A 42-year-old man charged with killing his former fiancee’s roommate in March told police the man “shouldn’t have been there” that morning.Grant W. Scantling got up early and drove from Spokane to Kennewick to confront his ex-girlfriend, according to a transcript of his interview with detectives.
But much of what he told the officers will not be allowed at his trial this fall because detectives kept questioning him after he asked to see a lawyer, after a hearing Wednesday.
During the interview in March, he told police he was mad because two days earlier he’d been turned away from visiting his two kids, ages 5 and 3, and had hoped to take them to lunch.
“Yeah so I was havin’ some real hard problems digesting and dealing with that door being slammed in my face and I went back down this morning, just wanted to see my kids, man,” Scantling said in the transcript. “And he shouldn’t have been there.”
Franklin Palmer was shot several times in the head and the chest. The 24-year-old’s body was found in the hallway of Ann Marie Kreb’s East Eighth Place home.
Krebs — whose 6-year relationship with Scantling ended on Thanksgiving 2012 — reportedly saw the shooting from her bedroom.
Prosecutors claim that after Scantling forced his way into the home and shot Palmer, he pointed the handgun at Krebs’ forehead and threatened to kill her too, before he left.
Krebs has three children, including the two with Scantling. Her 10-year-old son was hit by glass fragments from a shattered window, but wasn’t hurt, court documents said.
On the day of the shooting, Krebs planned to move with her kids to Michigan.
Scantling is charged in Benton County Superior Court with aggravated first-degree murder and first-degree burglary.
He was arrested in Spokane about 10 hours after the fatal shooting.
Kennewick Detectives Wes Gardner and Jason Harrington drove up to Spokane to question Scantling later that night.
In the nearly hourlong interview, Scantling initially said he was willing to answer their questions without a lawyer.
Gardner told Scantling — who reportedly was caught after watching the 5 p.m. newscast at a friend’s home — “obviously you know the reason why we’re here to talk to you.”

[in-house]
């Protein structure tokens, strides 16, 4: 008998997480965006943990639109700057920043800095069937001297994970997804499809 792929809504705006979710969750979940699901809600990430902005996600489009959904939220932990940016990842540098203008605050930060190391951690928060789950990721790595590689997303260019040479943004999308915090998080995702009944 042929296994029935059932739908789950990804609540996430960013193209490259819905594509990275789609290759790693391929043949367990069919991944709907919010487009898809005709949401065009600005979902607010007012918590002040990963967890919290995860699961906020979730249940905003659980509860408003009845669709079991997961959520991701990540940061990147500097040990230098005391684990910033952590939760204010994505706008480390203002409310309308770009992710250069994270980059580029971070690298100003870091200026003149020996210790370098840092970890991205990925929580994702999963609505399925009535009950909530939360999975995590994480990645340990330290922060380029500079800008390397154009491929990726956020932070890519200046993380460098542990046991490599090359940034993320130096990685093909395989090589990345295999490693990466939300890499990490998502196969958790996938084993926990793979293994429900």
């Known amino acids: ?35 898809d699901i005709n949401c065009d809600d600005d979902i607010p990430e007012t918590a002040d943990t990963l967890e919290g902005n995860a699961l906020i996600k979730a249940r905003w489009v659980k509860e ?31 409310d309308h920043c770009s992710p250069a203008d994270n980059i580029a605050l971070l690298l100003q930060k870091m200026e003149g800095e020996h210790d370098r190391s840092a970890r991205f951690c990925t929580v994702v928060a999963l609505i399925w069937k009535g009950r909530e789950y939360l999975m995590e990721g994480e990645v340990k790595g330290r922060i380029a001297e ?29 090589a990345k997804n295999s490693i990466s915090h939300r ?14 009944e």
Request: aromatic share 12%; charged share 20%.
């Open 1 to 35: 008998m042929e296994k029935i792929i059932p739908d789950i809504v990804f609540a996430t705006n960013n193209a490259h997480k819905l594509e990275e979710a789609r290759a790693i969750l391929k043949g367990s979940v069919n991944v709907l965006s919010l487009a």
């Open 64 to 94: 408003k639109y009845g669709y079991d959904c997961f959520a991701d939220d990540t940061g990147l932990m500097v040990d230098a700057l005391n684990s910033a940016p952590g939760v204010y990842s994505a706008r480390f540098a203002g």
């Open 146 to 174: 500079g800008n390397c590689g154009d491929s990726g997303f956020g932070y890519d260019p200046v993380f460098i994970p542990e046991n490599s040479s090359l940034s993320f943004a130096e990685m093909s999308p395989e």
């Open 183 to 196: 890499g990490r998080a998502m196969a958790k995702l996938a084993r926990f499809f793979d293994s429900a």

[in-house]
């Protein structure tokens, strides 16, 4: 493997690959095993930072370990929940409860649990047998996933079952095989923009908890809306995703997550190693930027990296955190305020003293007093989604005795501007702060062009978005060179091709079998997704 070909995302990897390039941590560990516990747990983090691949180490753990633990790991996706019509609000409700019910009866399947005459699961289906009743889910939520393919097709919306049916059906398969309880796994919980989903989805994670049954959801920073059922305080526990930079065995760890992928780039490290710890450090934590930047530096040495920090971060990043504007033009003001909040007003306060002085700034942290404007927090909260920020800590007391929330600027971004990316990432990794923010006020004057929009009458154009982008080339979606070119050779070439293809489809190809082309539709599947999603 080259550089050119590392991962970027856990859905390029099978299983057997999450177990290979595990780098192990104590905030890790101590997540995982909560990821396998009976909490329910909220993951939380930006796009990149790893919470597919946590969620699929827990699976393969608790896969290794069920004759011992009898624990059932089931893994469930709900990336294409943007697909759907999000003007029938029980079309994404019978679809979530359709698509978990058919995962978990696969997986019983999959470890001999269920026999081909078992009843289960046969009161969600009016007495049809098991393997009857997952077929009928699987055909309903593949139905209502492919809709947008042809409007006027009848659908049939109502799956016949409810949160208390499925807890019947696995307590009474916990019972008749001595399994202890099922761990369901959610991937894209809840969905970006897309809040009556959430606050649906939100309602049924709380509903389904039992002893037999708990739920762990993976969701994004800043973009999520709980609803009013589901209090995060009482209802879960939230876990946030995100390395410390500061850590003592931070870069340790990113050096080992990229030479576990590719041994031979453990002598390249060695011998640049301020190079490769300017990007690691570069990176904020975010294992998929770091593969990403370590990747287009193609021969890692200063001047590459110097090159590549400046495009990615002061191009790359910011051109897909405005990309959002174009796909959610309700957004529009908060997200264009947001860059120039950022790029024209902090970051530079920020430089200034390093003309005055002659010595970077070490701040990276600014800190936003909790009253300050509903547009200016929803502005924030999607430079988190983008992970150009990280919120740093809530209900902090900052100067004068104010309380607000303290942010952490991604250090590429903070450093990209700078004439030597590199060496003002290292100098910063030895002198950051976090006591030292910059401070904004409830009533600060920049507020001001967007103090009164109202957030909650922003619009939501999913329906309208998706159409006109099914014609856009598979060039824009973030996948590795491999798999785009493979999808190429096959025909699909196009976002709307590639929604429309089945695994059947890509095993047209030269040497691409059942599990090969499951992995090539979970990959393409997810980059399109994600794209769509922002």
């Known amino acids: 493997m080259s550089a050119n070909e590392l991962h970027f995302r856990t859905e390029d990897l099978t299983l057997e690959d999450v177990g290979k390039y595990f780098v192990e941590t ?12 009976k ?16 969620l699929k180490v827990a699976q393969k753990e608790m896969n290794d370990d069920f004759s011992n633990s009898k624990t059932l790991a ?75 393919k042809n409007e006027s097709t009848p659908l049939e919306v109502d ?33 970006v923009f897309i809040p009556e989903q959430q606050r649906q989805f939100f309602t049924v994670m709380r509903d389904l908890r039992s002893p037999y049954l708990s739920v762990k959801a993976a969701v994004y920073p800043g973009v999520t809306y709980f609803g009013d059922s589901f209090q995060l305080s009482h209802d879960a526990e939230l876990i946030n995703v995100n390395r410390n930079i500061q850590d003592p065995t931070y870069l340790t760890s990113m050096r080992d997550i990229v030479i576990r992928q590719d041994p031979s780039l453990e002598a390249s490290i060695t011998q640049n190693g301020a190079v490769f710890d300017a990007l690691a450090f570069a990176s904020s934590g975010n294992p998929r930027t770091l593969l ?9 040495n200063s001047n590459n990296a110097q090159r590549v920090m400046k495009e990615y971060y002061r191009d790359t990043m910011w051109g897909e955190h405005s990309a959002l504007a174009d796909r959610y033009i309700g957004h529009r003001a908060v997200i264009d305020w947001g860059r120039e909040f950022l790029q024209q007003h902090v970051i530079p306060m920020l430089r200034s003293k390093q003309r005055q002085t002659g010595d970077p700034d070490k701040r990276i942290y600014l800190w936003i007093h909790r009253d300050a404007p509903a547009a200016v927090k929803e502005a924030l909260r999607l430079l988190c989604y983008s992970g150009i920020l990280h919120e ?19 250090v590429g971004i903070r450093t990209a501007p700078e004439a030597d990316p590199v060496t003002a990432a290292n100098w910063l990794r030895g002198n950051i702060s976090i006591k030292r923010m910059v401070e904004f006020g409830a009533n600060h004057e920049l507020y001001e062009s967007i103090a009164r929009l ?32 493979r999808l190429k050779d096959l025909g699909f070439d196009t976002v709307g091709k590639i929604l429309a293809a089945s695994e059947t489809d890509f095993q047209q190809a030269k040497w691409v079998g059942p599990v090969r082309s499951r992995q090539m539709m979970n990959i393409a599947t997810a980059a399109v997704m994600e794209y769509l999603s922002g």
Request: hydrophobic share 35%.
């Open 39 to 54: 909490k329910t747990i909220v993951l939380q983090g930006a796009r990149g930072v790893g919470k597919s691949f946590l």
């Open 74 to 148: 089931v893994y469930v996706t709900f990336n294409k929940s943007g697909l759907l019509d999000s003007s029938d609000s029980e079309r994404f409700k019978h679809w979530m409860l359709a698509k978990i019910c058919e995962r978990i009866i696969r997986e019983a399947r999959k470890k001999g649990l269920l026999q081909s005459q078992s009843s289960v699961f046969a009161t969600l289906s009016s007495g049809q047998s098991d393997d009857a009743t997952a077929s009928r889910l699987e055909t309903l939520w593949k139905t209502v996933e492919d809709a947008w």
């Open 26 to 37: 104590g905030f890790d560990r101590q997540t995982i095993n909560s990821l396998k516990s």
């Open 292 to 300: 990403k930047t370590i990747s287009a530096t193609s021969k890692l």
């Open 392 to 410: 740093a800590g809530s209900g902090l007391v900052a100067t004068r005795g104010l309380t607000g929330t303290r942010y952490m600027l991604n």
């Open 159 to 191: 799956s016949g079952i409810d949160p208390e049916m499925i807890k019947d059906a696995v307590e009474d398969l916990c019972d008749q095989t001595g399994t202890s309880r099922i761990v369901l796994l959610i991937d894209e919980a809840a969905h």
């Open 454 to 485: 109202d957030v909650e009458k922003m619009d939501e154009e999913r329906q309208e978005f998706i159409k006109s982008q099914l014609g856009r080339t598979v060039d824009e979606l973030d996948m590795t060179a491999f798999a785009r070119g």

But several minutes later, Scantling said he wanted to speak to a lawyer before going into more detail about what happened that morning.
Scantling continued to talk to Gardner and Harrington about his “messed up relationship” with Krebs, his history with Palmer and his drive back to Spokane that afternoon, including running out of gas three times on the trip.
Scantling’s attorneys, Alexandria Sheridan and Scott Johnson, sought to get the statement tossed out of court because it violated his Constitutional rights.
They came to court prepared to argue for the suppression but Prosecutor Andy Miller told Judge Robert Swisher he agreed that everything Scantling said after invoking his right to an attorney is inadmissible in the state’s case.
Miller said he knows that detectives sometimes must make split-second decisions, and he wanted the court to know that he thinks Gardner “made a decision that was right” when he pushed on with the interview.
A copy of a CD with a videotape of the interview will be edited and jurors will only be able to watch the first several minutes, Miller said. The trial is set for Sept. 3.
Scantling confirmed that his statement “was voluntarily made and the officer conducting the interview was acting in good faith.”
Miller added that if Scantling testifies at his trial, prosecutors then can use part or all of the statement for impeachment purposes.
Jurors will hear that Scantling met Krebs in Montana and they moved together to the Tri-Cities five years ago.
He said he’d known the victim, “Frank,” for just as long and in the past had considered him “almost a brother.”
The two buddies had worked together for a Tri-City company doing glass installation in commercial and residential remodeling projects, he said.
But Scantling claims that Palmer slept with Krebs about two weeks after the engaged couple separated.
“(Palmer) consciously drove a wedge between her and I that was — that was very, very difficult to deal with,” he told the detectives. “He made some choices that uh, well that were wrong. I have too.”
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Kristin M. Kraemer: 582-1531; email@example.com; Twitter: @KristinMKraemer